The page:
Turnstyles was Joel’s 4th studio album as a solo performer. The high point of the album (for me) was New York State of Mind.  That song represents Billy Joel singing from his personal point of view, where others, including Angry Young Man and Say Goodbye to Hollywood seemed more aimed to the strictly commercial side of the music market. Joel’s (and much of the generation’s) transformation is seen in the album cover art (below) from his first solo album, 1971’s Cold Spring Harbor to 1976’s Turnstyles. Nice tie, Billy! You have to wonder what would have happened if Billy Joel would have had a career with thoughtful and personal songs, shifting his career to pursue private “vision” as Bruce Springsteen has done. Instead he married and divorced a supermodel, wrote some hits and some very disposable songs, whined about the media a la Van Morrison, drank too much, and stopped recording pop music for 2 decades (one album of classical music was released in this time, and several compilations that Columbia Records put together to fulfill Joel’s contractual obligations).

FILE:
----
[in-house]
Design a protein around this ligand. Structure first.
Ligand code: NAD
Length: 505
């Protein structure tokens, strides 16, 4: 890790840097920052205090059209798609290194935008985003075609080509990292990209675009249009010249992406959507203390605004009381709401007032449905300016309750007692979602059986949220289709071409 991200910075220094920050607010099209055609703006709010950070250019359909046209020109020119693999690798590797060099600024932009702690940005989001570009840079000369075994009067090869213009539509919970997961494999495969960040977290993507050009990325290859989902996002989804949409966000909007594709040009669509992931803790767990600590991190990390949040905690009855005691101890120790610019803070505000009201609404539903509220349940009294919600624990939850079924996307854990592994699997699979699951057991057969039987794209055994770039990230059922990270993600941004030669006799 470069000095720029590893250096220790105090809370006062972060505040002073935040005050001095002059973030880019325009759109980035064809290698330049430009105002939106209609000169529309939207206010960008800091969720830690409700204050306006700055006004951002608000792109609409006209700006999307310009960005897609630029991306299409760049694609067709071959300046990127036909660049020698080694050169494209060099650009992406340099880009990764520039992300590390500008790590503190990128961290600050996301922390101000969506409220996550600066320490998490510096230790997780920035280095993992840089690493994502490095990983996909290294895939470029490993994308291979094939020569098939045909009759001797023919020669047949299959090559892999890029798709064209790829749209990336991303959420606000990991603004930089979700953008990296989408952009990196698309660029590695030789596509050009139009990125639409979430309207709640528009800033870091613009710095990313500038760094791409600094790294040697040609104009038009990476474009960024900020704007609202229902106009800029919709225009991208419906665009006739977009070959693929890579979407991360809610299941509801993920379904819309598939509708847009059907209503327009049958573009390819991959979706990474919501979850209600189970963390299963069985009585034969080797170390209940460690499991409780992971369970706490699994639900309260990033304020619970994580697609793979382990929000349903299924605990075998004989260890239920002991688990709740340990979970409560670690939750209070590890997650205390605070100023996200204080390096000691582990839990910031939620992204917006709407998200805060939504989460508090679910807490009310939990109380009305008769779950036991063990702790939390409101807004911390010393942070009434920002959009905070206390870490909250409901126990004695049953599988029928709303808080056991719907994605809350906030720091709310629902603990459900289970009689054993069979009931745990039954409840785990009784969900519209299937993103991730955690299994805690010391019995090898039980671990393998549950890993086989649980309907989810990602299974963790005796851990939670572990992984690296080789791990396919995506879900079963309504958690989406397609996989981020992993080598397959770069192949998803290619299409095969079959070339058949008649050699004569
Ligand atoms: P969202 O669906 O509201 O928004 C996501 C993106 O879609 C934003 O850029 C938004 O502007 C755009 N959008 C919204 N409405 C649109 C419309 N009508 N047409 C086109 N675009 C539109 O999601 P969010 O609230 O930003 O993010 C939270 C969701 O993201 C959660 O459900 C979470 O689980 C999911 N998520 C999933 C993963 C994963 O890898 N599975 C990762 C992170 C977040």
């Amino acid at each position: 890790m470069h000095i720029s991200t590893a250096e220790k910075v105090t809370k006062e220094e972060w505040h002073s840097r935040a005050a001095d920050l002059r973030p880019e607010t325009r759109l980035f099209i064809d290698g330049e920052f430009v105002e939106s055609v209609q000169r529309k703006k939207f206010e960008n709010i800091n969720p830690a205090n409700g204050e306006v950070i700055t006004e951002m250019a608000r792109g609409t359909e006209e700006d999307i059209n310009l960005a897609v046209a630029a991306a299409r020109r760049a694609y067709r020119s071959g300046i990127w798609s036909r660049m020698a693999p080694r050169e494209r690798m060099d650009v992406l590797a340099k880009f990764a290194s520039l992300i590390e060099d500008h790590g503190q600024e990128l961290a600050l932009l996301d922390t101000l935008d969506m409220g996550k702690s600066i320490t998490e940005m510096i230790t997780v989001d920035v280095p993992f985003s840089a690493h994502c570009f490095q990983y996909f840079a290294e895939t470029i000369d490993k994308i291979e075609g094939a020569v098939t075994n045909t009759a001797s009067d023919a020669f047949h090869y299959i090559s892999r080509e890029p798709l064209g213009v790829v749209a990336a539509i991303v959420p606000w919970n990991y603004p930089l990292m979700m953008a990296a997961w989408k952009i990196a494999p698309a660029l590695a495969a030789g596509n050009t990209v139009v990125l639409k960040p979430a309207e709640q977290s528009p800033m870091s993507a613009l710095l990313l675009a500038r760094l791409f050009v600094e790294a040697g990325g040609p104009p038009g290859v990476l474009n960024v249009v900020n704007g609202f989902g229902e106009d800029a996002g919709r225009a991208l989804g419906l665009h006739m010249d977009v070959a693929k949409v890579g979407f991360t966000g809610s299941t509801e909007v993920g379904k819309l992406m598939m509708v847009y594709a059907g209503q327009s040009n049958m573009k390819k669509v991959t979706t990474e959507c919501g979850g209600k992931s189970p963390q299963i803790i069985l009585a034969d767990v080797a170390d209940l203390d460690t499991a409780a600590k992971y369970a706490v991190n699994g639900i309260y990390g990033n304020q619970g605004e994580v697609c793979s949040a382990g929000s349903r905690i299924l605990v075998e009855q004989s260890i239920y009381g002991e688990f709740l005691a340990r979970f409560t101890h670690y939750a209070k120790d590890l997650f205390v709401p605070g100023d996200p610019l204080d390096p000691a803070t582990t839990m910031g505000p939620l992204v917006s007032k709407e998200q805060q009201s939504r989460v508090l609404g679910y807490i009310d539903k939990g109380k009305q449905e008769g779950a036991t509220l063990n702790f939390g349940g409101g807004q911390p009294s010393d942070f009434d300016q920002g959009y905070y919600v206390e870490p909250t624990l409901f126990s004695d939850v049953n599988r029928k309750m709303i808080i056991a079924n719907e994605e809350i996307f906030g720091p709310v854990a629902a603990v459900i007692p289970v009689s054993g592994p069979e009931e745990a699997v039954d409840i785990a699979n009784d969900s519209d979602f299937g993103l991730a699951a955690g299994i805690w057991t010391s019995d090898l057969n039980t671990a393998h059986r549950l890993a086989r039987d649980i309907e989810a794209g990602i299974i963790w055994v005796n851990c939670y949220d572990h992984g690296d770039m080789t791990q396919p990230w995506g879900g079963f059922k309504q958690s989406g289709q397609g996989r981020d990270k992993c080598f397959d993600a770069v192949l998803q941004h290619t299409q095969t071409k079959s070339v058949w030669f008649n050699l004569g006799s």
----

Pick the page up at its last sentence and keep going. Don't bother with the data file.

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Today Billy Joel seems to be in a pretty good place. But his career has to be characterized in the light of fighting back to find himself after selling his soul in pursuit of fame and fortune. Today he performs a little, writes for himself, lives a quiet life, and teaches in master class fashion. There’s a pretty extensive NY Times piece here.

And a video of the song:

Billy Joel’s New York State of Mind:

Turning back to the notion of an activist generation derailed at its peak, I cited two reasons: cocaine and disco. I guess we could add Quaaludes. Quaaludes were eventually removed from the market by reclassification as a schedule 1 drug, but I think their addictive properties were overstated–users felt relaxed, confident, and in love with the world and that’s a good way to feel. They weren’t for everyone because they were relaxants and some people were looking for stimulation instead.